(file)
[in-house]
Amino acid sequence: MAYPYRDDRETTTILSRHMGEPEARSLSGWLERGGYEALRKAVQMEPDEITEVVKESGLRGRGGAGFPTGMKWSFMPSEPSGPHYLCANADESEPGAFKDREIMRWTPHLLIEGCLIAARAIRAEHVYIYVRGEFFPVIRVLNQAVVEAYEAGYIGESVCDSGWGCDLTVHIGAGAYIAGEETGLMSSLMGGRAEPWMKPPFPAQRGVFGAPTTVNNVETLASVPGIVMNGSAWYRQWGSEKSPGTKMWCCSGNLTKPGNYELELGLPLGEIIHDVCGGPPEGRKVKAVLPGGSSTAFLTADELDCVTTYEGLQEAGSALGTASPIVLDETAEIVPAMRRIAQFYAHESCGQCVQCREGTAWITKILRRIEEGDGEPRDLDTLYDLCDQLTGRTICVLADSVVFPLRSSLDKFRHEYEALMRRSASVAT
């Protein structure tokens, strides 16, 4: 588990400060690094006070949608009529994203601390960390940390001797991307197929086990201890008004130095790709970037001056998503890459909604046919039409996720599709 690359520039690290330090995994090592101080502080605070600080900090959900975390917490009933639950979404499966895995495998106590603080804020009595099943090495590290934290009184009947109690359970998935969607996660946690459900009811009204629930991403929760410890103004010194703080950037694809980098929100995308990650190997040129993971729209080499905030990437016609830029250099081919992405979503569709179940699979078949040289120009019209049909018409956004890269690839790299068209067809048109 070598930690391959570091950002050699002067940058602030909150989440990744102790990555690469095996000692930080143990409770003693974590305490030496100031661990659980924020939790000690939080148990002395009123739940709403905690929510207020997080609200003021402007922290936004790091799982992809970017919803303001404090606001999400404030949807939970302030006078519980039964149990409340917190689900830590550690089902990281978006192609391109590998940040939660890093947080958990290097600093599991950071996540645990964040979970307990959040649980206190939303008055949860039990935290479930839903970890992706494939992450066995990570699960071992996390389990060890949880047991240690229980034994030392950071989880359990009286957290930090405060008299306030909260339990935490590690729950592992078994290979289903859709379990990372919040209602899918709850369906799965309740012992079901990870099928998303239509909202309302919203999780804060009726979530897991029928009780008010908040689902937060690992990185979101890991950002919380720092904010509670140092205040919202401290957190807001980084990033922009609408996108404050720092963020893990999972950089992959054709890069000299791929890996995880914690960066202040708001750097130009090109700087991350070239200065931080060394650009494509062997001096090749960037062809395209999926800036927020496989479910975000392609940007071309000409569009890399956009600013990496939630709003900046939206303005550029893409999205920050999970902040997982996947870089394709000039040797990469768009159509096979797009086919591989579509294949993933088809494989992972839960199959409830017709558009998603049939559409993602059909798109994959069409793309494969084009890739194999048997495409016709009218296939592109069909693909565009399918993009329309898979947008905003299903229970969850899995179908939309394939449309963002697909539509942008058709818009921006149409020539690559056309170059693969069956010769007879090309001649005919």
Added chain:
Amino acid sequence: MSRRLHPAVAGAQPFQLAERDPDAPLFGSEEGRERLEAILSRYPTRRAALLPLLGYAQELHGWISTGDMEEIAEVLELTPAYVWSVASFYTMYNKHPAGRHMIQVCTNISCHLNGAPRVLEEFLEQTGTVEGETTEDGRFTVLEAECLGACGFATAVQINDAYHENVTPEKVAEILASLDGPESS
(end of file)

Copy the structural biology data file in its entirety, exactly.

[in-house]
Amino acid sequence: MAYPYRDDRETTTILSRHMGEPEARSLSGWLERGGYEALRKAVQMEPDEITEVVKESGLRGRGGAGFPTGMKWSFMPSEPSGPHYLCANADESEPGAFKDREIMRWTPHLLIEGCLIAARAIRAEHVYIYVRGEFFPVIRVLNQAVVEAYEAGYIGESVCDSGWGCDLTVHIGAGAYIAGEETGLMSSLMGGRAEPWMKPPFPAQRGVFGAPTTVNNVETLASVPGIVMNGSAWYRQWGSEKSPGTKMWCCSGNLTKPGNYELELGLPLGEIIHDVCGGPPEGRKVKAVLPGGSSTAFLTADELDCVTTYEGLQEAGSALGTASPIVLDETAEIVPAMRRIAQFYAHESCGQCVQCREGTAWITKILRRIEEGDGEPRDLDTLYDLCDQLTGRTICVLADSVVFPLRSSLDKFRHEYEALMRRSASVAT
């Protein structure tokens, strides 16, 4: 588990400060690094006070949608009529994203601390960390940390001797991307197929086990201890008004130095790709970037001056998503890459909604046919039409996720599709 690359520039690290330090995994090592101080502080605070600080900090959900975390917490009933639950979404499966895995495998106590603080804020009595099943090495590290934290009184009947109690359970998935969607996660946690459900009811009204629930991403929760410890103004010194703080950037694809980098929100995308990650190997040129993971729209080499905030990437016609830029250099081919992405979503569709179940699979078949040289120009019209049909018409956004890269690839790299068209067809048109 070598930690391959570091950002050699002067940058602030909150989440990744102790990555690469095996000692930080143990409770003693974590305490030496100031661990659980924020939790000690939080148990002395009123739940709403905690929510207020997080609200003021402007922290936004790091799982992809970017919803303001404090606001999400404030949807939970302030006078519980039964149990409340917190689900830590550690089902990281978006192609391109590998940040939660890093947080958990290097600093599991950071996540645990964040979970307990959040649980206190939303008055949860039990935290479930839903970890992706494939992450066995990570699960071992996390389990060890949880047991240690229980034994030392950071989880359990009286957290930090405060008299306030909260339990935490590690729950592992078994290979289903859709379990990372919040209602899918709850369906799965309740012992079901990870099928998303239509909202309302919203999780804060009726979530897991029928009780008010908040689902937060690992990185979101890991950002919380720092904010509670140092205040919202401290957190807001980084990033922009609408996108404050720092963020893990999972950089992959054709890069000299791929890996995880914690960066202040708001750097130009090109700087991350070239200065931080060394650009494509062997001096090749960037062809395209999926800036927020496989479910975000392609940007071309000409569009890399956009600013990496939630709003900046939206303005550029893409999205920050999970902040997982996947870089394709000039040797990469768009159509096979797009086919591989579509294949993933088809494989992972839960199959409830017709558009998603049939559409993602059909798109994959069409793309494969084009890739194999048997495409016709009218296939592109069909693909565009399918993009329309898979947008905003299903229970969850899995179908939309394939449309963002697909539509942008058709818009921006149409020539690559056309170059693969069956010769007879090309001649005919």
Added chain:
Amino acid sequence: MSRRLHPAVAGAQPFQLAERDPDAPLFGSEEGRERLEAILSRYPTRRAALLPLLGYAQELHGWISTGDMEEIAEVLELTPAYVWSVASFYTMYNKHPAGRHMIQVCTNISCHLNGAPRVLEEFLEQTGTVEGETTEDGRFTVLEAECLGACGFATAVQINDAYHENVTPEKVAEILASLDGPESS